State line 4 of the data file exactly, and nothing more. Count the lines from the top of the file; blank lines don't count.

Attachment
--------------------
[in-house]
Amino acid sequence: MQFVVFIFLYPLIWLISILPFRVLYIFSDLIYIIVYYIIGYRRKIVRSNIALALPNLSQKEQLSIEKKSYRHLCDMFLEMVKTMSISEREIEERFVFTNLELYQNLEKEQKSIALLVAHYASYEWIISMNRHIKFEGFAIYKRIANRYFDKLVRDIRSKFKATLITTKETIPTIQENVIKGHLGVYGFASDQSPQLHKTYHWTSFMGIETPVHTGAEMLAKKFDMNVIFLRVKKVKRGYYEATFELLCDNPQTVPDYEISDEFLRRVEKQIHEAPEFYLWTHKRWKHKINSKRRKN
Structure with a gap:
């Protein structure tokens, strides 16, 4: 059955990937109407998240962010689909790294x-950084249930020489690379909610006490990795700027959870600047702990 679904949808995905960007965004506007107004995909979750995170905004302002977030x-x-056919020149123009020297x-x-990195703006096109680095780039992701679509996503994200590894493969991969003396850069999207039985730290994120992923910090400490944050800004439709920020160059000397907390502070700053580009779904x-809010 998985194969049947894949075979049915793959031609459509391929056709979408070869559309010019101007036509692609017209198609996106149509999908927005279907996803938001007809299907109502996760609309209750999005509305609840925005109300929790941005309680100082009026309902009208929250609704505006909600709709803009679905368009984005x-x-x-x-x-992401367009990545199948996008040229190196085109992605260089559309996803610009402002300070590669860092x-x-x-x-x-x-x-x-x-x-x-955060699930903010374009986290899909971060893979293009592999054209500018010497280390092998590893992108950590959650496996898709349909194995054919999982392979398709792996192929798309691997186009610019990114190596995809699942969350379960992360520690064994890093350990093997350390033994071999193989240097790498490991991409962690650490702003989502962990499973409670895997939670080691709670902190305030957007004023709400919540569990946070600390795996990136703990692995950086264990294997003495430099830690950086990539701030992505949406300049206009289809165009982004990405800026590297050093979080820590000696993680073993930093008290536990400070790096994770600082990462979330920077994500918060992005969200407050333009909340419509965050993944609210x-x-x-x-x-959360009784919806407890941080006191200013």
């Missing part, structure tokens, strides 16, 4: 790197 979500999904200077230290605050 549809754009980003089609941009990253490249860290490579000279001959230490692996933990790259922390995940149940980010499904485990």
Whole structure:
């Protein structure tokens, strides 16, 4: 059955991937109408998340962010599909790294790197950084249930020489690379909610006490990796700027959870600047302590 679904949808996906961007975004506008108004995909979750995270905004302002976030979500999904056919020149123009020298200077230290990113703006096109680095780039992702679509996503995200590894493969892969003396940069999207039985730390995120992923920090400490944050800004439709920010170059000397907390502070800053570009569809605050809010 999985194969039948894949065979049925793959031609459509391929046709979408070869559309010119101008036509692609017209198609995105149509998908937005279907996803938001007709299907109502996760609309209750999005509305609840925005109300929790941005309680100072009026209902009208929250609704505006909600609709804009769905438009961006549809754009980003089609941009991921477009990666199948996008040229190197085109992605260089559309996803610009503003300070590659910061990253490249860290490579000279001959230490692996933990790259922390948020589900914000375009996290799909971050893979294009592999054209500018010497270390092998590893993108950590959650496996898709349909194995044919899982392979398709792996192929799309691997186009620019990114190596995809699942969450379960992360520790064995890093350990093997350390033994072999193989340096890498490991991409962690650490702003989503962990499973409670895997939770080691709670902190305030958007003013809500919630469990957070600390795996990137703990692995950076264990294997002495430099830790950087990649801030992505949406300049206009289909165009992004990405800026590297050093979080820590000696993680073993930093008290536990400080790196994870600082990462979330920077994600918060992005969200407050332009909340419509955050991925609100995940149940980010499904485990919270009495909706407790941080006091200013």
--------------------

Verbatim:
């Protein structure tokens, strides 16, 4: 059955990937109407998240962010689909790294x-950084249930020489690379909610006490990795700027959870600047702990 679904949808995905960007965004506007107004995909979750995170905004302002977030x-x-056919020149123009020297x-x-990195703006096109680095780039992701679509996503994200590894493969991969003396850069999207039985730290994120992923910090400490944050800004439709920020160059000397907390502070700053580009779904x-809010 998985194969049947894949075979049915793959031609459509391929056709979408070869559309010019101007036509692609017209198609996106149509999908927005279907996803938001007809299907109502996760609309209750999005509305609840925005109300929790941005309680100082009026309902009208929250609704505006909600709709803009679905368009984005x-x-x-x-x-992401367009990545199948996008040229190196085109992605260089559309996803610009402002300070590669860092x-x-x-x-x-x-x-x-x-x-x-955060699930903010374009986290899909971060893979293009592999054209500018010497280390092998590893992108950590959650496996898709349909194995054919999982392979398709792996192929798309691997186009610019990114190596995809699942969350379960992360520690064994890093350990093997350390033994071999193989240097790498490991991409962690650490702003989502962990499973409670895997939670080691709670902190305030957007004023709400919540569990946070600390795996990136703990692995950086264990294997003495430099830690950086990539701030992505949406300049206009289809165009982004990405800026590297050093979080820590000696993680073993930093008290536990400070790096994770600082990462979330920077994500918060992005969200407050333009909340419509965050993944609210x-x-x-x-x-959360009784919806407890941080006191200013």